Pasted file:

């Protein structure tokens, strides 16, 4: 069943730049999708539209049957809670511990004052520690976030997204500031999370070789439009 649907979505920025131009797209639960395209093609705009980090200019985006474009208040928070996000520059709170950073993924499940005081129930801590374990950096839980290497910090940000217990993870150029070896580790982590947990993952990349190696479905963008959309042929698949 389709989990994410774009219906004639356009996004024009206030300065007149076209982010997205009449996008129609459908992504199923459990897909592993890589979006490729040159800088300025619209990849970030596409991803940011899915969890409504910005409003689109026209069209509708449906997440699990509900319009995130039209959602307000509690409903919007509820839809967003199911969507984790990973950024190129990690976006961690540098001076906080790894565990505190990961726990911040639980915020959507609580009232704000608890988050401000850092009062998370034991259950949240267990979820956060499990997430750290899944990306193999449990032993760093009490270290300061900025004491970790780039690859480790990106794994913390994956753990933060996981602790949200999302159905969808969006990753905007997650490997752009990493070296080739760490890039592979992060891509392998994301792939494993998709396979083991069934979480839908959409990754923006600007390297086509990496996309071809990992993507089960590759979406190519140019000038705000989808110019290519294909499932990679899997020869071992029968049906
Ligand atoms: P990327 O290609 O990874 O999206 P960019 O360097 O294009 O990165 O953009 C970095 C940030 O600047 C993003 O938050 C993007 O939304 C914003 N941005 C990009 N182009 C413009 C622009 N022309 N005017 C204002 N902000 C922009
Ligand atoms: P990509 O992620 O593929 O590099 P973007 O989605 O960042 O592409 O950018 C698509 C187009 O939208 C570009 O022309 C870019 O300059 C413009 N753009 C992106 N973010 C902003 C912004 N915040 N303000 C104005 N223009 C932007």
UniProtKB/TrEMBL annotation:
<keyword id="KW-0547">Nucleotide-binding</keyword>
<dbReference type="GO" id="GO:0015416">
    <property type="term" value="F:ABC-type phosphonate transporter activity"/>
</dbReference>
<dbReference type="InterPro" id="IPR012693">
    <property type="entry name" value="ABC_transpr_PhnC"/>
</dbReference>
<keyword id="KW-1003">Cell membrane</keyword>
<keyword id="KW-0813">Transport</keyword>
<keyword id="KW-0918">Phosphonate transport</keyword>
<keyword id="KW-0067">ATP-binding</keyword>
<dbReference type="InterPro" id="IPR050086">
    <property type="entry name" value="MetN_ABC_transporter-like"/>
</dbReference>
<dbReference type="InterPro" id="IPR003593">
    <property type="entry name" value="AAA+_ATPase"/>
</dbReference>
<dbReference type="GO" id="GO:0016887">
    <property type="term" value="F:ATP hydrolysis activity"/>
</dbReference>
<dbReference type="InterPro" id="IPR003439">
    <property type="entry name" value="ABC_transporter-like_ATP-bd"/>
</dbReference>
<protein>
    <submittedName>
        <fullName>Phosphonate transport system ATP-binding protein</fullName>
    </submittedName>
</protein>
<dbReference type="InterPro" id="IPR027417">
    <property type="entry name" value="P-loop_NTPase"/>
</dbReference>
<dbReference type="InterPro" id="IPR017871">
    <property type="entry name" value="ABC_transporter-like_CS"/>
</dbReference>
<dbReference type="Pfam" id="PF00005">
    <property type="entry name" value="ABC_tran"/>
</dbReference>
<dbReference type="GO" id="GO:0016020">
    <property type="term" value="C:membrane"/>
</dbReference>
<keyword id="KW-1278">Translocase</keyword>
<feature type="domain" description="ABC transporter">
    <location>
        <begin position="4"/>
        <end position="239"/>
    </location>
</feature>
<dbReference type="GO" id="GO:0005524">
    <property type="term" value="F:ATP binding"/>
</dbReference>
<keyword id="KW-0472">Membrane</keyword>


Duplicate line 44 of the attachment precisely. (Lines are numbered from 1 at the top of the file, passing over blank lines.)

</dbReference>